Many times, when potential bankruptcy clients approach us about their financial options, they are unsure of why people would want to file for a Chapter 13 bankruptcy, apart from being able to keep their home or car. People who file for a reorganization bankruptcy will typically pay back a large portion of their debt over the course of several years, all while having to stay current on payments—how can anyone manage to do this?
The truth is, a Chapter 13 bankruptcy can offer Arizona residents many unique advantages. Besides allowing people to get rid of junior mortgages on their property through lien stripping, which we have previous discussed, a Chapter 13 bankruptcy also allows for something called “cramdowns.”
What is a Cramdown?
A Chapter 13 cramdown allows a filer to take certain secured debts (like car loans and other property debts) and reduce the principle balance owed to the current value of the property, as well as potentially lower your interest rate on the loan. In other words, if you owe more than the property is worth, a cramdown can reduce your principle to what the property is actually worth.
How Does it Work?
Typically, one of the most common applications of a cramdown is to reduce the principle on auto loans. Cars depreciate rapidly, so most people—even people with no financial woes—are upside down at some point in their car loan.
Let’s say that you took out an $18,000 loan to buy a $26,000 car in 2010. The car has now depreciated to about $9000, but you still owe $12,000 on the vehicle. A cramdown will reduce the principle balance on your auto loan to $9,000, and the remaining $3,000 will be treated as an unsecured debt, like a credit card. Over the course of your repayment schedule, you may end up paying off a small portion of your unsecured debt, but after successful completion your remaining unsecured debt will be discharged.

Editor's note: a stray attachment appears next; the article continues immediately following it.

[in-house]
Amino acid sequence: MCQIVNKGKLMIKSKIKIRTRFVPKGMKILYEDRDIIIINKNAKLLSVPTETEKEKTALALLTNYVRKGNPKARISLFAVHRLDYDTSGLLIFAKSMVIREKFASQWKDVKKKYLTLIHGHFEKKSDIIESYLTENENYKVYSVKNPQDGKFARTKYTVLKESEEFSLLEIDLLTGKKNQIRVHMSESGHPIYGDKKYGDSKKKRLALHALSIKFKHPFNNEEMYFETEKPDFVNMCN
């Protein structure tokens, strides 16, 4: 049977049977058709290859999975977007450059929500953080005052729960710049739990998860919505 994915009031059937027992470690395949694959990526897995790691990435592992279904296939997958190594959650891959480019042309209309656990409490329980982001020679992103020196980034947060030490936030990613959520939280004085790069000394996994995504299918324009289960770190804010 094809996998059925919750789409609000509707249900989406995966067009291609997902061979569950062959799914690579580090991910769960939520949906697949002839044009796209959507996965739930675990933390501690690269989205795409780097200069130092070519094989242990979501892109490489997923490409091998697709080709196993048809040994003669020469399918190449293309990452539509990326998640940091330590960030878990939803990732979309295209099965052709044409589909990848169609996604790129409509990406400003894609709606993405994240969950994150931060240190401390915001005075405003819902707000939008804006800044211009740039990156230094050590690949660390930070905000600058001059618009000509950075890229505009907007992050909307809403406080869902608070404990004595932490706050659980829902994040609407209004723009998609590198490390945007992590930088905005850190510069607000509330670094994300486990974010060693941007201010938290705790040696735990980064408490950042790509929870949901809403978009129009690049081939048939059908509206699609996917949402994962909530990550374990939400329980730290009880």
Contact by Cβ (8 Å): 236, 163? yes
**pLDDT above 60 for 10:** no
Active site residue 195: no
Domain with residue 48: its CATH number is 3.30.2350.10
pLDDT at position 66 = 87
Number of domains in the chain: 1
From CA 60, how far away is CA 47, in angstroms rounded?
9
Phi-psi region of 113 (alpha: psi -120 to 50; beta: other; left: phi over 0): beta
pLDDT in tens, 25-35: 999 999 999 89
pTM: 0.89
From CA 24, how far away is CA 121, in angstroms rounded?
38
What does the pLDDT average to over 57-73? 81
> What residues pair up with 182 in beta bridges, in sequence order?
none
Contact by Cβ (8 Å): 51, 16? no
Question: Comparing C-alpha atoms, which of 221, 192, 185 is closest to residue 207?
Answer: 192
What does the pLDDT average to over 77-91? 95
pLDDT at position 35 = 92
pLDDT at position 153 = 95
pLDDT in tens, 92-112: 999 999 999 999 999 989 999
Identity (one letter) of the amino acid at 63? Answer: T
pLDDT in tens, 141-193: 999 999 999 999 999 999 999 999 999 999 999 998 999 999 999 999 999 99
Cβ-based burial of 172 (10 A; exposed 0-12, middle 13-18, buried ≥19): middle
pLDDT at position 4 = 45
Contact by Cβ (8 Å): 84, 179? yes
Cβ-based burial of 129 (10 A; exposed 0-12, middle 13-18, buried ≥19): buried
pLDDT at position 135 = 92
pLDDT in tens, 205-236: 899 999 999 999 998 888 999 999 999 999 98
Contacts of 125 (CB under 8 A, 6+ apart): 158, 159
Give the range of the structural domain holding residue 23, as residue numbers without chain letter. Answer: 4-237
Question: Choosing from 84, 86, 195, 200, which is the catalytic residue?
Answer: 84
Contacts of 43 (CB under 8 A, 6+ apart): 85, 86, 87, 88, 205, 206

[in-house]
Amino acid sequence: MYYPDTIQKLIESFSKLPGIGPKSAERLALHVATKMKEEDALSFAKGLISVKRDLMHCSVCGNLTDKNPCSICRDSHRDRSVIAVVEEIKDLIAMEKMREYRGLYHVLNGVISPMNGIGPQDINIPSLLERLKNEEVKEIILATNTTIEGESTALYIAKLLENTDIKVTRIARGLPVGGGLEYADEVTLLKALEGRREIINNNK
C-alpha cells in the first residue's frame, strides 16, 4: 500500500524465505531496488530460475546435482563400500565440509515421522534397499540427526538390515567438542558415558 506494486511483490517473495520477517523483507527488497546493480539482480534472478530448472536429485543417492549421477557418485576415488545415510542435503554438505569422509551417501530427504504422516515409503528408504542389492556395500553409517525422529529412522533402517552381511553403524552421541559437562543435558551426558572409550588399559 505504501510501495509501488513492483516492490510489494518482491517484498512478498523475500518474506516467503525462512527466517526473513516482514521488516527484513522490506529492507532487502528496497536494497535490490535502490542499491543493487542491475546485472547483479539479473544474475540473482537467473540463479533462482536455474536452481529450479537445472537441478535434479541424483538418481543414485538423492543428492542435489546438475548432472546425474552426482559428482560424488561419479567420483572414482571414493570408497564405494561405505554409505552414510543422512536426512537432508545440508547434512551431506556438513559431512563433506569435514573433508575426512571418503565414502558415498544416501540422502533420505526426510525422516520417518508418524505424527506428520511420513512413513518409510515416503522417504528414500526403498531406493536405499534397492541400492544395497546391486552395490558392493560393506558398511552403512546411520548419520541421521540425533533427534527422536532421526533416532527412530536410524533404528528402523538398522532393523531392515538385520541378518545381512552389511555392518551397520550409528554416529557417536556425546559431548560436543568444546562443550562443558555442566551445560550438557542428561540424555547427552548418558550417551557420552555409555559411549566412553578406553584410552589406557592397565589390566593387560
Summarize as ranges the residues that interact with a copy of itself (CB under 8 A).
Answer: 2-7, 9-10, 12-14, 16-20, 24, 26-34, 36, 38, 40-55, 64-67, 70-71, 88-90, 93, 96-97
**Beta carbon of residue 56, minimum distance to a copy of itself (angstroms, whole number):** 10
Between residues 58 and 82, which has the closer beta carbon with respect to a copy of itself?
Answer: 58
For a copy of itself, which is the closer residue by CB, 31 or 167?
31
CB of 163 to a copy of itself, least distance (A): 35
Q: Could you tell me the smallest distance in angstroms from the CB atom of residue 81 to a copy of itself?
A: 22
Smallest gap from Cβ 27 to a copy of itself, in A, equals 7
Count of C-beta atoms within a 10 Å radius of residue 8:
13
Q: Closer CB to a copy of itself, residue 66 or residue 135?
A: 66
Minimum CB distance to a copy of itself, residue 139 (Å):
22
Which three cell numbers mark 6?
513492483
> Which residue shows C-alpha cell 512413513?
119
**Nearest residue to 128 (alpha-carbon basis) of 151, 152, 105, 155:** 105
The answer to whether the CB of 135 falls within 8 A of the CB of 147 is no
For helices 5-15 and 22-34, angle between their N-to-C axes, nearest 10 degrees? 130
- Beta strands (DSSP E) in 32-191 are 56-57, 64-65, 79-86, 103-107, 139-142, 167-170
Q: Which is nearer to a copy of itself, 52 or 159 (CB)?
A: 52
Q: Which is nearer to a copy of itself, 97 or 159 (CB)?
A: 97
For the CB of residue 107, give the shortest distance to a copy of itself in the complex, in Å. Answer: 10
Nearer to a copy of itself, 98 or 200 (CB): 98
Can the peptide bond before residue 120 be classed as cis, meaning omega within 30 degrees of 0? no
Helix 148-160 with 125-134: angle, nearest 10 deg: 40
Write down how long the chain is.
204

Cramdowns do have certain limitations, however, or else they would really be too good to be true. One very important thing to remember is that you will be unable to cram down the mortgage on your primary residence—only mortgages on investment or commercial properties apply. Most people are unable to successfully cram down a mortgage, however, because crammed down loans must be paid off in full within the three- or five-year repayment plan.
There are important time limits that apply to cramdowns, as well; if you are cramming down an auto loan, the loan must be at least 910 days old, around 2 ½ years. Other personal property loans (like large household appliances) must be at least one year old.
Could a Cramdown Help You?
If you have been considering bankruptcy, and have the income to support a Chapter 13 repayment plan, you may be a good candidate to enjoy the benefits that a reorganization bankruptcy offers. Our Phoenix Chapter 13 bankruptcy attorneys at Curry, Pearson & Wooten are available to discuss your options with you now—call us today at 602-258-1000 to learn what we can do for you.